My 5 Reasons to Proud Of India as a Traveller
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1:- The People
The local people in India, particularly in the rural areas, are some of the kindest and most hospitable people I have encountered in all of my travels. Whether you are invited into a local’s home for a traditional meal or just simply wander the streets and encounter children playing, you will surely be touched by the warmth of the locals.
2:- Religion and spirituality
In India, religion and spirituality are intricately intertwined with everyday life. India is home to all of the major religions of the world and is the birthplace of Hinduism, Buddhism, Jainism and Sikhism. Observing the local people engaging in their daily rituals is a profoundly intimate experience. Many people also come to india to find spirituality, practising yoga or attending a meditation retreat in an ashram.
3:- The history and architecture
India is an exceptionally beautiful and architecturally diverse country filled with forts, palaces, mosques, temples, monuments and ancient ruins. Home to the world’s oldest civilisation, the architecture of India is rooted in its history, religion and culture. Architectural styles have evolved under the influence of countless dynasties as well as the colonial period. There are currently 32 UNESCO World
4:- The food
The food alone is reason enough to travel to India — I sampled some of the most delicious food I have ever tasted during my travels here. Indians take their food very seriously and the cuisine, just like the country itself, is incredibly diverse.
In the North, you’ll taste lots of thick, creamy curries that are moderately spicy. My favourites include mutton rogan josh, parathas and tandoori chicken. The food in the north is heavily influenced by Persian and Mughlai styles of cooking. Southern Indian cuisine is commonly characterised by the use of ingredients such as coconut, seafood and rice and is spicier than food in the north. My favourite southern dishes were the masala dosas and fish coconut curries. Vegetarians are also well catered for in India, due to the large proportion of Hindus who are vegetarian.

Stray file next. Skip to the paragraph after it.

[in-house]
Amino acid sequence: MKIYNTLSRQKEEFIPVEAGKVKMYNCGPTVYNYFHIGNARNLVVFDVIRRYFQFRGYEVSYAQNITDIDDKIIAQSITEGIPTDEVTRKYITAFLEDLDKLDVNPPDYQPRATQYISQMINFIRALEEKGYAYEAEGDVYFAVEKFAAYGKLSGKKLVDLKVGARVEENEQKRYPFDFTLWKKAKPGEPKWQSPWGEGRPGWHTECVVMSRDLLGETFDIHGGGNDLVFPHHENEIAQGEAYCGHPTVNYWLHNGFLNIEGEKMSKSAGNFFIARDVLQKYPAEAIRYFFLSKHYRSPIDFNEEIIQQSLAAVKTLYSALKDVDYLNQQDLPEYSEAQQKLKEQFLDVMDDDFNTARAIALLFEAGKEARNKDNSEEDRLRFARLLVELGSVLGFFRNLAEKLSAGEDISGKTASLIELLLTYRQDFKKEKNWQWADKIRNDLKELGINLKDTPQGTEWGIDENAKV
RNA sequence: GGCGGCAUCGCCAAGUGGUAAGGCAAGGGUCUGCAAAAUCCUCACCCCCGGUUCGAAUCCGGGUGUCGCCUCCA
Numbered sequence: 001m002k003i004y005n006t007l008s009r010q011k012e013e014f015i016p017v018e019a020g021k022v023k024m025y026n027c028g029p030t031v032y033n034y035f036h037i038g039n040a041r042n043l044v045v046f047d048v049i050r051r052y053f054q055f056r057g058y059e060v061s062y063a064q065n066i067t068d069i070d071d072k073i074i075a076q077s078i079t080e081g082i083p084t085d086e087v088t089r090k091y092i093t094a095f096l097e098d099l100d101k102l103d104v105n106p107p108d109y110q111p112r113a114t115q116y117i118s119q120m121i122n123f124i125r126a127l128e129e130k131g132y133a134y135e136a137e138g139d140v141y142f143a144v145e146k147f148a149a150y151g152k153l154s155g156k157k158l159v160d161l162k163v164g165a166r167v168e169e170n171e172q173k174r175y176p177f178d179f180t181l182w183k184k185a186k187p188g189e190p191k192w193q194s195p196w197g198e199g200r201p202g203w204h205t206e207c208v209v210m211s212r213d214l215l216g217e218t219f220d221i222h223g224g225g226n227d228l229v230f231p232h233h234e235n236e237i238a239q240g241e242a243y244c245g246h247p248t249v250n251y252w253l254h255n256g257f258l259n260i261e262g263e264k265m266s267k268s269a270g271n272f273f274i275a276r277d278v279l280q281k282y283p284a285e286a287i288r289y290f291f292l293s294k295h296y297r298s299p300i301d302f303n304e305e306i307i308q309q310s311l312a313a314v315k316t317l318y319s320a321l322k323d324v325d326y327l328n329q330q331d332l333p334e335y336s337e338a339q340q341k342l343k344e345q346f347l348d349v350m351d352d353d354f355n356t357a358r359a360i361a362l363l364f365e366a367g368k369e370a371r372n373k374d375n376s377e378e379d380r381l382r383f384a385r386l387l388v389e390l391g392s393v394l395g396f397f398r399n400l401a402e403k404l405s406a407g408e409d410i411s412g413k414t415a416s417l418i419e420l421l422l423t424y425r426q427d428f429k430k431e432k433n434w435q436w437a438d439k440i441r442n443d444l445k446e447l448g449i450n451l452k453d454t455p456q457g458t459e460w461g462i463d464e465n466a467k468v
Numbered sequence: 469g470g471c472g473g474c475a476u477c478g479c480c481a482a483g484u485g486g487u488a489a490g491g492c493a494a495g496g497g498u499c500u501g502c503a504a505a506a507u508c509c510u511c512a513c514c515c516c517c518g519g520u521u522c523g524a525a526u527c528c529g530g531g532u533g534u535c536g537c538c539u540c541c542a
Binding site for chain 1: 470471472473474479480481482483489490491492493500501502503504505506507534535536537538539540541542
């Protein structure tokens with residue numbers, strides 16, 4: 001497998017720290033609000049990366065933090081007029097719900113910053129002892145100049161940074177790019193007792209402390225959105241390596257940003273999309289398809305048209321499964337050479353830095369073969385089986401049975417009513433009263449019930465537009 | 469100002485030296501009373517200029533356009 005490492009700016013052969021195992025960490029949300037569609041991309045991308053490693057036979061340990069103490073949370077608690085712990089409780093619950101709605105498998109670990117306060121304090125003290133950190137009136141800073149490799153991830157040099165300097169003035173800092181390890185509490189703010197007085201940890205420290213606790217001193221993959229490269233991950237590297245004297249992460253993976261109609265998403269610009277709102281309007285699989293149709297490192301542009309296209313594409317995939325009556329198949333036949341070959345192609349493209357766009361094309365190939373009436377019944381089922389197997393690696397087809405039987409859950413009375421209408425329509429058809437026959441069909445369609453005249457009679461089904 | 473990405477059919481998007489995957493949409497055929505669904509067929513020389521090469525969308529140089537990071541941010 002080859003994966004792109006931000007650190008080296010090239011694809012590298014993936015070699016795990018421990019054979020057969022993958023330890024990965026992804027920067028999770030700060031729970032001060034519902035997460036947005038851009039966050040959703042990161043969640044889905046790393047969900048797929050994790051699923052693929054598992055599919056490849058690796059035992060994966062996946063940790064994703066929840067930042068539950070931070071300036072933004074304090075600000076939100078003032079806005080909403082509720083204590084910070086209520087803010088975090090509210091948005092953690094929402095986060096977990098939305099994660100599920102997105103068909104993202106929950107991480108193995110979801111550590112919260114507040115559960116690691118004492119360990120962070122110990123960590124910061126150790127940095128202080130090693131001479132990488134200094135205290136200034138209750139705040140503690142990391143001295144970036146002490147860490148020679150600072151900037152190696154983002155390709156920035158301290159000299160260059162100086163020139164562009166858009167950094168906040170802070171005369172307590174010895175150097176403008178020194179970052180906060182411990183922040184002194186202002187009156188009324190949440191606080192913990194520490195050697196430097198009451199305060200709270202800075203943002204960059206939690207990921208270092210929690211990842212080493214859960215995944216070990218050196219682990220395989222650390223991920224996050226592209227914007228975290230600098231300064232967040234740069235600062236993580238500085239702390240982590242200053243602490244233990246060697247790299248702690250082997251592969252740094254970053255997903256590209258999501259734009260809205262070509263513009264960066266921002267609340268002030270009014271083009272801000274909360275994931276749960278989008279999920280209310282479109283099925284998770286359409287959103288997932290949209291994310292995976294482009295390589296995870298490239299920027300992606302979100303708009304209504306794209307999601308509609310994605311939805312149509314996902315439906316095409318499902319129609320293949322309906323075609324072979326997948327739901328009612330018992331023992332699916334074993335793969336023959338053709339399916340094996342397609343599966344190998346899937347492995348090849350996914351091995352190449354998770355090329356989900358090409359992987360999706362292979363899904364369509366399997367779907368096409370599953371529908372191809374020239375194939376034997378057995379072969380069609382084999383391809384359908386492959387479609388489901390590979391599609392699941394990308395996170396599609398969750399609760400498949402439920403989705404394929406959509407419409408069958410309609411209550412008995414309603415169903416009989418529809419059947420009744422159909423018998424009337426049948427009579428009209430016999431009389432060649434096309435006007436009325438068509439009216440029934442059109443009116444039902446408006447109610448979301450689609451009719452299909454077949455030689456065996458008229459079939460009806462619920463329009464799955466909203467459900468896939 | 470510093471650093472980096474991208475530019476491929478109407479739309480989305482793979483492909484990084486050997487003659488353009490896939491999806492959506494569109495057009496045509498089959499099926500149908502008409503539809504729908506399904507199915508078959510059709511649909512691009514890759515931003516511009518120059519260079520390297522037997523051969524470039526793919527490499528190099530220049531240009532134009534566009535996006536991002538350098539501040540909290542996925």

5:- The holiest river in the world
The Ganges River runs 2,525 km from the northern Himalayas all the way to the Bay of Bengal. It is much more than a river to the one billion Hindus in India and beyond, however. It is their lifeblood. Not only does it provide sustenance in the form of fishing, industry and agriculture, it is also believed to transport the prayers of believers to heaven and a dip in the river is said to purify the soul. Many observant Hindus make a pilgrimage to Varanasi, India’s oldest city, to participate in ceremonies or to cremate the dead along the banks of the Ganges. Hindus believe that if the ashes are washed away in the river, the soul is guaranteed to be transported to heaven and will escape the cycle of rebirth.